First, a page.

Chronic Pain After Surgery
Spencer S. Liu, M.D.
Clinical Professor of Anesthesiology
Director of Acute Pain Service
Department of Anesthesia
Hospital for Special Surgery and the Weill College of Medicine
at Cornell University
New York, NY
Previous surveys continue to report that pain after surgery is the primary concern of patients and is of greater concern than the surgical outcome.1 Unfortunately, this concern remains justified, as it has been well established that acute postoperative pain remains under-treated. Despite enhanced awareness, publication of guidelines for postoperative analgesia, and regulatory requirements for postoperative analgesia, 47% of patients still report moderate pain after surgery, and 31% report severe or extreme pain.1 Given the interest in the acute pain following surgery, it is a natural extension that development of chronic post surgical pain (CPSP) has become of increasing interest.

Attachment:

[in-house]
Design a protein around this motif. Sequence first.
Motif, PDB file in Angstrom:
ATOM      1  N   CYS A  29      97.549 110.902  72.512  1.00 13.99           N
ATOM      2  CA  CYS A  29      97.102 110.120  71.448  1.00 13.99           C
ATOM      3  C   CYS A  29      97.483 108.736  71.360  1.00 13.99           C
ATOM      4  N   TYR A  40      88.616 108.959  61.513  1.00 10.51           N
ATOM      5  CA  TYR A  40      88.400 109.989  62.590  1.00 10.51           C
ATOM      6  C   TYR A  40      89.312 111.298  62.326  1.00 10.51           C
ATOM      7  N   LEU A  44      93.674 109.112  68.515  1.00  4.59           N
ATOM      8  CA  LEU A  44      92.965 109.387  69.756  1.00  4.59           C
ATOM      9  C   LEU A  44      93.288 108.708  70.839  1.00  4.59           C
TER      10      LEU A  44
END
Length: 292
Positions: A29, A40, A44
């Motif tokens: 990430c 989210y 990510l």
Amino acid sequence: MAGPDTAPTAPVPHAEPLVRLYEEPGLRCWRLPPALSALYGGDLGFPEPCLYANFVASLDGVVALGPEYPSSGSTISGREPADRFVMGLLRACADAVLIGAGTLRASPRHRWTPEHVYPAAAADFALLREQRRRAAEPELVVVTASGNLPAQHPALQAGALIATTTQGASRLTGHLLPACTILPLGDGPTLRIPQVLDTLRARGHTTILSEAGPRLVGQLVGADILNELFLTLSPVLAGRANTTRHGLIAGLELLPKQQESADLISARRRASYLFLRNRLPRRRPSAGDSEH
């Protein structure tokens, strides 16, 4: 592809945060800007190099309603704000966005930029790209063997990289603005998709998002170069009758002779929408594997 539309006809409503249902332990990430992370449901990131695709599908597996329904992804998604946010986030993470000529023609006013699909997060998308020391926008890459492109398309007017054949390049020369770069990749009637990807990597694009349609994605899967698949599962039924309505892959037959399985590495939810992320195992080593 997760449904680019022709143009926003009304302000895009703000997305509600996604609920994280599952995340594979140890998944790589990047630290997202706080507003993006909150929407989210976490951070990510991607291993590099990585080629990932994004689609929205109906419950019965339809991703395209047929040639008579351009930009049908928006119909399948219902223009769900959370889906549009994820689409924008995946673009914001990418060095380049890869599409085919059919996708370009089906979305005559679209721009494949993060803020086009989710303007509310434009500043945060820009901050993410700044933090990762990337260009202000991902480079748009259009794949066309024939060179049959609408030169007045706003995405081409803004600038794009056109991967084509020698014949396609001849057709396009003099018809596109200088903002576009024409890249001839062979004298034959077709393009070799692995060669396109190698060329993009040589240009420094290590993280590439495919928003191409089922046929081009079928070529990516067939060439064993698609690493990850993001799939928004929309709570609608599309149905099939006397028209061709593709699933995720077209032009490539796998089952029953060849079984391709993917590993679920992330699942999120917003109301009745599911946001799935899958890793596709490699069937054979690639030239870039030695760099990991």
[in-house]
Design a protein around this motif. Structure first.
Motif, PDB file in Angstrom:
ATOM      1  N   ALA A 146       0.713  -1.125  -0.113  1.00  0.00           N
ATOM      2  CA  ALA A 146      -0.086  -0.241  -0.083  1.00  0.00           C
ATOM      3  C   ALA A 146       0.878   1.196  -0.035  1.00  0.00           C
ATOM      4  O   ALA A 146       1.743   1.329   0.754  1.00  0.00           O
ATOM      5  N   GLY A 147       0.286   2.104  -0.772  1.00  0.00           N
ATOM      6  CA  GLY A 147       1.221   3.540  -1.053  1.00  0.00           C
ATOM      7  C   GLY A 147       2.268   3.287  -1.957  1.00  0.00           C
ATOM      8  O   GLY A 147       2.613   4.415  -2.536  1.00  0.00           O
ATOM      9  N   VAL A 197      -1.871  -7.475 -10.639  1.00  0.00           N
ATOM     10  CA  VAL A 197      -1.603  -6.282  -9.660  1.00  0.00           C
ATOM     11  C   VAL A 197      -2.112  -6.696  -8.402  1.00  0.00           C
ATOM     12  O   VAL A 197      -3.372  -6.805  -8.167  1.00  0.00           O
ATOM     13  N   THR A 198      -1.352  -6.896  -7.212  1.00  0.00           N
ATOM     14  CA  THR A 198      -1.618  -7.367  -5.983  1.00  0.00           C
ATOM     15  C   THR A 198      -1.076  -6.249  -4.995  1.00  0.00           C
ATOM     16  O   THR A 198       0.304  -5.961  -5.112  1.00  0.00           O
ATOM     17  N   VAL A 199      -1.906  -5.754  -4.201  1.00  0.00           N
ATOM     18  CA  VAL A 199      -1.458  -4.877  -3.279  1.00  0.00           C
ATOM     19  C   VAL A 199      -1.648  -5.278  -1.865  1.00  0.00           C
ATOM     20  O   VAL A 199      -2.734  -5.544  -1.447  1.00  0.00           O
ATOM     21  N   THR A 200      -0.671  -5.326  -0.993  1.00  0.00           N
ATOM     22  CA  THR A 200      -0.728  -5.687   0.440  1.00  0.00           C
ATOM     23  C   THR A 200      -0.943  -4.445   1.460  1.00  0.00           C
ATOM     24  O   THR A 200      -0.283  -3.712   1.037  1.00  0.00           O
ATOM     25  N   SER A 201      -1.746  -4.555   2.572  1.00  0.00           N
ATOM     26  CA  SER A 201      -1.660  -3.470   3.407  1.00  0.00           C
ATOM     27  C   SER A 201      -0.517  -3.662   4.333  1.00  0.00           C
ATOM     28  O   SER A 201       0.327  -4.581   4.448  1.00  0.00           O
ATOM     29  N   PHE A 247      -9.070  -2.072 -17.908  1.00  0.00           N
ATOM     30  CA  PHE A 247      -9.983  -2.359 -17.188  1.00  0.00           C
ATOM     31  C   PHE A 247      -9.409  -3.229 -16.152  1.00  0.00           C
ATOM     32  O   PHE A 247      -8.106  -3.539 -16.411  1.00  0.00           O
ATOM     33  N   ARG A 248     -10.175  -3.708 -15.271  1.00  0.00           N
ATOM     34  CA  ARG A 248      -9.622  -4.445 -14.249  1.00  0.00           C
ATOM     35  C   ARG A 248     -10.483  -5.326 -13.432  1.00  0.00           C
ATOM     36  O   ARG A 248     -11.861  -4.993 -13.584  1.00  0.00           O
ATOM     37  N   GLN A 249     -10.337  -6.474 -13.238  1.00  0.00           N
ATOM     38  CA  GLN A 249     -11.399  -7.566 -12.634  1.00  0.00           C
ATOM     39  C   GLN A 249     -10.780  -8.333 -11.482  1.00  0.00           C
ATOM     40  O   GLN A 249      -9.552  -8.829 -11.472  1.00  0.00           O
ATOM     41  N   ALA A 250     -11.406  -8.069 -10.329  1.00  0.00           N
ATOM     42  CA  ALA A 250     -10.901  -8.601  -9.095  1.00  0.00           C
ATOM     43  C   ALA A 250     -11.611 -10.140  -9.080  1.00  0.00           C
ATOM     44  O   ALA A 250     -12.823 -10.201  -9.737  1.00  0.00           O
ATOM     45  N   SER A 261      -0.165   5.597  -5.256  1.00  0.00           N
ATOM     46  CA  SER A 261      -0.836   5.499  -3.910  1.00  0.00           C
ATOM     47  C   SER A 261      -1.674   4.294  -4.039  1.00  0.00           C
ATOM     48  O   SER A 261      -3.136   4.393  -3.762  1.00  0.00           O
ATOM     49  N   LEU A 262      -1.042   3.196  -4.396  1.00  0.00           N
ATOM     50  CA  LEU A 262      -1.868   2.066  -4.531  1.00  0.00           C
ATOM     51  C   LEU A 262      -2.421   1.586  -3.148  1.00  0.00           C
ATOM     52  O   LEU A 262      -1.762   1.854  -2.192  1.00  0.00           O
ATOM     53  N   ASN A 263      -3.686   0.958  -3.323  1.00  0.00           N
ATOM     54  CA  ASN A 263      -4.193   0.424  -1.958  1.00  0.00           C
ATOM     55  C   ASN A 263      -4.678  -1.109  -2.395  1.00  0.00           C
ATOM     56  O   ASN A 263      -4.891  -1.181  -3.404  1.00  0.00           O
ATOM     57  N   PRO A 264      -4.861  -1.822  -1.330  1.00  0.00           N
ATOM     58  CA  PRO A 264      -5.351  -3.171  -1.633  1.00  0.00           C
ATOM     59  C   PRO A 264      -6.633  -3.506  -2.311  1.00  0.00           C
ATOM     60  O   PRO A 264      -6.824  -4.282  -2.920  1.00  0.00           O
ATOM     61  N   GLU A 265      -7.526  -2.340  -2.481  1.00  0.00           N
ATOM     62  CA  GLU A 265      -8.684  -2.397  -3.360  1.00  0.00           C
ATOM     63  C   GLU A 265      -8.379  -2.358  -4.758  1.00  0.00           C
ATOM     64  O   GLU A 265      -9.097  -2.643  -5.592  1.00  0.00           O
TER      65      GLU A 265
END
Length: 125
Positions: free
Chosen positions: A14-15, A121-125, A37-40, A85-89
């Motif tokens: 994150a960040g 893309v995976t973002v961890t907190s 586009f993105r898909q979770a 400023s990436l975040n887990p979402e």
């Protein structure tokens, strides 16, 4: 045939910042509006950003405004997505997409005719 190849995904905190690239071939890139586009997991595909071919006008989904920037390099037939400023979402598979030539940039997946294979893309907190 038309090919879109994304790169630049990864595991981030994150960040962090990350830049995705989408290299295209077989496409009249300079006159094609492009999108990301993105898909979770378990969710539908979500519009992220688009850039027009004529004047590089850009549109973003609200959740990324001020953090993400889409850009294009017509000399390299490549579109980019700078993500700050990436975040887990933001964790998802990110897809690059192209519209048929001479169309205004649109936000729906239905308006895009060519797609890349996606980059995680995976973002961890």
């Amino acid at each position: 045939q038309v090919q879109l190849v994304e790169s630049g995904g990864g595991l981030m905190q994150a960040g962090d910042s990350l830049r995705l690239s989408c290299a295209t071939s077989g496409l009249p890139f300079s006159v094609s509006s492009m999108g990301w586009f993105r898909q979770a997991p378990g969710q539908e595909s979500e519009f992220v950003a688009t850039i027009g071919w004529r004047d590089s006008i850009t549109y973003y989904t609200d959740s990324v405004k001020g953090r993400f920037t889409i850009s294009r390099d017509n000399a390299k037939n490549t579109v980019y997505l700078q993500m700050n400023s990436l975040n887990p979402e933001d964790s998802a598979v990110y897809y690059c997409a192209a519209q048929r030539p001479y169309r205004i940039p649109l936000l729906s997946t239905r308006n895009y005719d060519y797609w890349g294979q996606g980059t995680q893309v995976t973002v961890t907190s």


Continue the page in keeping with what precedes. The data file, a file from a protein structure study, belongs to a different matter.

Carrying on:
CPSP has now been firmly established for several surgical procedures, but many aspects of this condition are ill defined which hampers diagnosis, prevention, and treatment. CPSP has been defined as pain developing after a surgical procedure, lasting for at least 2 months in duration, and after exclusion of other current or pre-existing problems.2
Read More >>